I admit it…I’m not perfect. Sometimes the simplest things can come back and bite you. A few months ago, I made the trek up to Crescent City, California for a photo adventure in Redwood National Forest. The day I arrived, we checked into the hotel and went to find the beach for sunset. Being from the East Coast, I’ve dreamed of shooting a beautiful Pacific Coast sunset.

It was getting late when we checked in. I asked the hotel front desk representative what she recommended for seeing the sunset. Very nonchalantly, she responded that the sunset would be muddled by the incoming fog and that sunsets up in Northern California are nothing to write home about. Discouraged, we still headed out to see what we could find.

Not 5 miles from the hotel was Battery Point. As we followed the setting sun, just off the main road was a bluff overlooking Battery Point. From the car I could see a peach-colored sunset over a rock beach, so we parked quickly and ran to the edge. I whipped out my camera (a Sony A7r Mark II) and my tripod, then began shooting.

After 200 frames or so, varying looks, bracketing series of photos, and even a little video, I was excited to head back to the hotel to see what I had shot. I started scrubbing through the images in Lightroom and was not happy. My sensor was dirty. Each of the images was riddled with dust spots and I thought most of the images would be a waste. Shooting into the sun really enhances any dust or grime on the sensor. It occurred to me that I hadn’t cleaned the sensor since my last shoot and with an adventure like this, I should have made sure it was clean before flying out to California.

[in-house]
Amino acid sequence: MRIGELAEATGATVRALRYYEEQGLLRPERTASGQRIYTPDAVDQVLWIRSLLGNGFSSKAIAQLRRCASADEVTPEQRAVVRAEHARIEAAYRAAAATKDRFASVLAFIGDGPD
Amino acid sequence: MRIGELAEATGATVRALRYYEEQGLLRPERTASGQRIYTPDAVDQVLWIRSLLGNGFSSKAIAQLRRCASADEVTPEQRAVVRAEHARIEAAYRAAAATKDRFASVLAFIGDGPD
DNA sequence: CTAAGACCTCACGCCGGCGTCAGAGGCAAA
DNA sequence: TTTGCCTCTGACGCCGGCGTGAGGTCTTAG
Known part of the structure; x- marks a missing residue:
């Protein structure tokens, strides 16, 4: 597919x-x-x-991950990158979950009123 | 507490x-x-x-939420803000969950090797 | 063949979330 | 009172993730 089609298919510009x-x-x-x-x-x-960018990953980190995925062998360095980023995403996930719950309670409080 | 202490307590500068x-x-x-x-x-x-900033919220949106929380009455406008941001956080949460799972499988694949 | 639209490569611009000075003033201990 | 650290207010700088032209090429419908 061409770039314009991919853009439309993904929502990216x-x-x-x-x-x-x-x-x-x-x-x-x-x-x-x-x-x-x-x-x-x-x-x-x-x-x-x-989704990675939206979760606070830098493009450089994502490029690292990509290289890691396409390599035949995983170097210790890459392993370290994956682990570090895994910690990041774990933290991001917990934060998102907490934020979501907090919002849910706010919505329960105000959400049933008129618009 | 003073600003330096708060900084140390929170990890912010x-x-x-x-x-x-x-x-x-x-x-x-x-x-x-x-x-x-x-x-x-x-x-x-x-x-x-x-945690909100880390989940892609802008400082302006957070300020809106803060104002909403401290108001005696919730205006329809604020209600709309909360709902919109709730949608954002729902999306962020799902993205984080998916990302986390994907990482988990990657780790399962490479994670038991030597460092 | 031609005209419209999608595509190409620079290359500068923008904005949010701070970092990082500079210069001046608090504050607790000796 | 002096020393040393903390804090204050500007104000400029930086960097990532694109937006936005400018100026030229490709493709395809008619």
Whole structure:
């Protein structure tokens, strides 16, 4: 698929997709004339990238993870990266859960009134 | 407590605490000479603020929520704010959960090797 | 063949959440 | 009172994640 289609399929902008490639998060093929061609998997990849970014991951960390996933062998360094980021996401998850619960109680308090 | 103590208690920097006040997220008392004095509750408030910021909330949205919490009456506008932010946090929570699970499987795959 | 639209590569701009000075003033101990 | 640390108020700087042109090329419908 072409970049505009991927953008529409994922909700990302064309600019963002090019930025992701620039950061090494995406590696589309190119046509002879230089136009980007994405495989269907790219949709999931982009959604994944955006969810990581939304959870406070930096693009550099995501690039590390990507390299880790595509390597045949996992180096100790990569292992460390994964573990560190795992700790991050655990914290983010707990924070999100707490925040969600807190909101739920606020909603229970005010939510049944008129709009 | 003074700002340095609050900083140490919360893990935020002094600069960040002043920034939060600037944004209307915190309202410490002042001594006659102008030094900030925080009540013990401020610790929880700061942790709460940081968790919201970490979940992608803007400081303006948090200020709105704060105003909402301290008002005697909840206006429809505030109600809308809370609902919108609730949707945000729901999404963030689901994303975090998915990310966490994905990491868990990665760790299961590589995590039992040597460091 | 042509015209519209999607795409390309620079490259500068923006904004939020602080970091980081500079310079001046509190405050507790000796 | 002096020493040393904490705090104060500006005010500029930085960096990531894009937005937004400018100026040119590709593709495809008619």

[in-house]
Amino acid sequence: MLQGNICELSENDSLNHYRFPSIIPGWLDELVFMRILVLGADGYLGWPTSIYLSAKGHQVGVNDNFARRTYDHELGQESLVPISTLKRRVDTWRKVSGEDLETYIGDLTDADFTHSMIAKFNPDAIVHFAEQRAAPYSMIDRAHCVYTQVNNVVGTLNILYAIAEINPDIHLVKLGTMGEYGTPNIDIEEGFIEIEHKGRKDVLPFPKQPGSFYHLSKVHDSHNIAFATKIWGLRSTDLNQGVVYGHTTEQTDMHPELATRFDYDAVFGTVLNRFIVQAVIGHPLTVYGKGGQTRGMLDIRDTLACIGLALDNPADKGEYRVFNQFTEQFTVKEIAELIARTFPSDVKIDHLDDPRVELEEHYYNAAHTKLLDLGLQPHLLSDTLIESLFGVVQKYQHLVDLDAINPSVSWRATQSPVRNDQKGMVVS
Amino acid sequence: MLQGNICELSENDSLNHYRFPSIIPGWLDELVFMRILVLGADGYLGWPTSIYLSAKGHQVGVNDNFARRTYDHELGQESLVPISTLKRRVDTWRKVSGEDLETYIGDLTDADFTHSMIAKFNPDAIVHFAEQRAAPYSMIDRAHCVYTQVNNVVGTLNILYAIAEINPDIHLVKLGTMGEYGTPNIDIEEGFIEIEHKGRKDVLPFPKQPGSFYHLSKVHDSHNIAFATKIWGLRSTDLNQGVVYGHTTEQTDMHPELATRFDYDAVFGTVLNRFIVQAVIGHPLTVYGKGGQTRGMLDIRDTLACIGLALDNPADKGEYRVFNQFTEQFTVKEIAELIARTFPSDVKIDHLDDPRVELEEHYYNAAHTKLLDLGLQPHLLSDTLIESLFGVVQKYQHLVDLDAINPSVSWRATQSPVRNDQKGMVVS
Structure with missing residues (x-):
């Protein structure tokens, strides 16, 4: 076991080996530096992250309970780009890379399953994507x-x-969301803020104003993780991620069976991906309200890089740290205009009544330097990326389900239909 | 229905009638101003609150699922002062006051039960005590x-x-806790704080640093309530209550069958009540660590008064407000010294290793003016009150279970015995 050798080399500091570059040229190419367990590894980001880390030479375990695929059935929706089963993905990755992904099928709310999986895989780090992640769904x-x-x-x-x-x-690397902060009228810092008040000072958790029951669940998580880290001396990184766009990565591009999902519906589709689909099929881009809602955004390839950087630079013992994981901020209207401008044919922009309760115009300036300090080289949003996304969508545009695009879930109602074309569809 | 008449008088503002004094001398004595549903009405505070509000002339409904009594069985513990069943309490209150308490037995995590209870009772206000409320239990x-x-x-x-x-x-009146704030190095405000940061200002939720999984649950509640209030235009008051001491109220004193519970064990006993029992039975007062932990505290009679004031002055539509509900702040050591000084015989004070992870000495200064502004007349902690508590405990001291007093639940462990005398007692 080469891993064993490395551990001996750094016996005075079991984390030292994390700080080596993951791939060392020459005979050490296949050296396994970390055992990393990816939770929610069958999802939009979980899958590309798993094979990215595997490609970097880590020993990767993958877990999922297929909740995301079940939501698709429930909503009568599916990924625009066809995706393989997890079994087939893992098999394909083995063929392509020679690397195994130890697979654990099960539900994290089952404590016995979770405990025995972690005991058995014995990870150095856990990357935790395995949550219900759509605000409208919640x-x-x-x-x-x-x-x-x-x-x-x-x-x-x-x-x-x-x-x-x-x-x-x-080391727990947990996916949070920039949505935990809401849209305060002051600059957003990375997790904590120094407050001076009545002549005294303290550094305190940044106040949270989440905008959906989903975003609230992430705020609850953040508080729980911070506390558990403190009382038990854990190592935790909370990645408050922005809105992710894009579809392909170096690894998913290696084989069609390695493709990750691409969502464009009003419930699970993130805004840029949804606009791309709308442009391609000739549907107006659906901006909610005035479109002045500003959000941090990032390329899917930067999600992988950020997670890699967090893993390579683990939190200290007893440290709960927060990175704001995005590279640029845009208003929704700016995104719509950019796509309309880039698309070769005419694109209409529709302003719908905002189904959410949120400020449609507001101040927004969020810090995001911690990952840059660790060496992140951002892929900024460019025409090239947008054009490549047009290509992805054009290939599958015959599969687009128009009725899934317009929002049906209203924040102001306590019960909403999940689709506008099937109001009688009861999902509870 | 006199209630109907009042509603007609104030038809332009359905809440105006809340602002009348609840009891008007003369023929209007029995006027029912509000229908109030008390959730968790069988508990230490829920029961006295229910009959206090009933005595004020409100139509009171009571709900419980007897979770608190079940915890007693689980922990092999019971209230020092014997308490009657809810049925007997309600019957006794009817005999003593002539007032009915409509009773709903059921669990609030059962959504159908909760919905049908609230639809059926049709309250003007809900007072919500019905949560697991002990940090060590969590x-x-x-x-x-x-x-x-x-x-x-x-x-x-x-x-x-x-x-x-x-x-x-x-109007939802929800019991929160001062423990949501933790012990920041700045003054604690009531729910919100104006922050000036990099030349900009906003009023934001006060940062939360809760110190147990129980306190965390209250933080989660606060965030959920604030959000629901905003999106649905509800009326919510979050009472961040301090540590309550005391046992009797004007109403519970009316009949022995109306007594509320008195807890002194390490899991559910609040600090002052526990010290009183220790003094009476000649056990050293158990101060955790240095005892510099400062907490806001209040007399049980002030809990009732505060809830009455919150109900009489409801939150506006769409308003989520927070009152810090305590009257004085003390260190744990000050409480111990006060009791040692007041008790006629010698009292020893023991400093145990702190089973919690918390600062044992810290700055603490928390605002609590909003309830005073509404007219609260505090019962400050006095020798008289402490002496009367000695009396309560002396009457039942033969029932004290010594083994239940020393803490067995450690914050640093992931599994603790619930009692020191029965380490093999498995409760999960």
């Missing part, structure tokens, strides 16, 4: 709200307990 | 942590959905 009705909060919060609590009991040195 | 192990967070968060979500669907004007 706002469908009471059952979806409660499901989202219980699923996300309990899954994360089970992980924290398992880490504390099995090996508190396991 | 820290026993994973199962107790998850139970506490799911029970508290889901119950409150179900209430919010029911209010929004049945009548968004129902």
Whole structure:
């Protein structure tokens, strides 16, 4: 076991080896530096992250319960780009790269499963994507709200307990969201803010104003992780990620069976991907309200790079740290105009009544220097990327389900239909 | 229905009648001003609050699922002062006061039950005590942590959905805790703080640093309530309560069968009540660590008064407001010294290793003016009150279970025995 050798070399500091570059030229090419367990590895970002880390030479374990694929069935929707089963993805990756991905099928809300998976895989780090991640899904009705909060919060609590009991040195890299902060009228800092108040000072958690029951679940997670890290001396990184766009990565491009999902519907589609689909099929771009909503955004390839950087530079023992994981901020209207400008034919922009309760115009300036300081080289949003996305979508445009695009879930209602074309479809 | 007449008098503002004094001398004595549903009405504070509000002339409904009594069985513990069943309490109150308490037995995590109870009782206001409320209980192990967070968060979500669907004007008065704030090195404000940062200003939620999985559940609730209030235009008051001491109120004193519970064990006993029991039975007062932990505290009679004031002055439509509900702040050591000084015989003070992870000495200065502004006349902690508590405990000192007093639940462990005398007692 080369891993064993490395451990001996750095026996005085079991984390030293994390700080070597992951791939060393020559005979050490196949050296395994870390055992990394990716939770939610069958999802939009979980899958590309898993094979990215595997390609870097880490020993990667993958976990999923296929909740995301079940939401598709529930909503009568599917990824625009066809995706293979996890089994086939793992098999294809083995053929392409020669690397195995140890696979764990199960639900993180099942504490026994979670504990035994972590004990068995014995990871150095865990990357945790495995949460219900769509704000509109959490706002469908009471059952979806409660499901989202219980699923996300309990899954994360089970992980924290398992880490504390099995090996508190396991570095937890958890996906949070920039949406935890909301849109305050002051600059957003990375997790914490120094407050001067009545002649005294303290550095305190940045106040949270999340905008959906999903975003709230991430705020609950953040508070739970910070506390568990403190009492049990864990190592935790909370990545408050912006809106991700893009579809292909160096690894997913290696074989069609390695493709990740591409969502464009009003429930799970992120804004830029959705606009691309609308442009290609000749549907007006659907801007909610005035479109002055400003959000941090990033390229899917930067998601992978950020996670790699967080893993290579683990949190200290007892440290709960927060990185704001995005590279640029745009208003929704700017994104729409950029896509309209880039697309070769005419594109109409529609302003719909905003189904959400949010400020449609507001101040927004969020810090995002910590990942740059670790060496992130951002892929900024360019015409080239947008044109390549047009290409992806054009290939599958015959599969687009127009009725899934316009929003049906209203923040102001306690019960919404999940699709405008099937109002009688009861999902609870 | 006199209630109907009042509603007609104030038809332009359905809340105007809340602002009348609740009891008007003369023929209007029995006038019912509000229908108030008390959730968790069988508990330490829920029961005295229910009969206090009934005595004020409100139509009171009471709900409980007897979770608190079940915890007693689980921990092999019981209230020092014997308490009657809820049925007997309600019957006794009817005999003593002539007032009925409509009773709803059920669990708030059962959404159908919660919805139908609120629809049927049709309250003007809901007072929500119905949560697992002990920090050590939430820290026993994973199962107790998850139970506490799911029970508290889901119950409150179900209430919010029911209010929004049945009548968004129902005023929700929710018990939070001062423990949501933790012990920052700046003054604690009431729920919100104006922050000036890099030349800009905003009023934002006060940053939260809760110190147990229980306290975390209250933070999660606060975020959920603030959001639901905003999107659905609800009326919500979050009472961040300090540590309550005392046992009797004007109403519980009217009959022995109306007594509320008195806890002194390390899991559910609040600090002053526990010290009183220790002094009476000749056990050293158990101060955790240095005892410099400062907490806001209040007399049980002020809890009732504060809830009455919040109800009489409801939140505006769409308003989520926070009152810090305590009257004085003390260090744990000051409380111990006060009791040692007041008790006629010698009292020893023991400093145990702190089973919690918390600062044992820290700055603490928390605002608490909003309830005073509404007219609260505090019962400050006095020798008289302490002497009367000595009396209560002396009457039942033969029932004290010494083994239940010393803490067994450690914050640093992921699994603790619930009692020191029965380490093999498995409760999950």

Discouraged at my mistake, I decided to turn in early. The next morning, I went to a local camera store and bought a sensor cleaning kit and cleaned my cameras. After breakfast, I started looking at the images in Lightroom and tried a few things to remove the spots and save at least one image. It took some time with the Spot Removal tool, but I’m pretty happy with how the image turned out. When using the Spot Removal tool, make your brush size the same or slightly bigger than the dust spot (shortcut [ or ] keys) and click. Don’t click and drag. Once clicked, Lightroom will sample around the dust spot and remove the blemish.

If you need help seeing all the spots, you can click on the “Visualize Spots” slider at the bottom of the image to enhance the dots. The Visualize Spots option shows up when you’re in the Spot Removal tool. This temporary changes the image to black and white, making it easier to see spots and sensor dust. Once you exit the Spot Removal tool, Visualize Spots will shut off but your changes will be saved.

Has this ever happened to you? I kinda felt like a photographic failure, but definitely learned from my mistake. Luckily Lightroom was there to help me through it.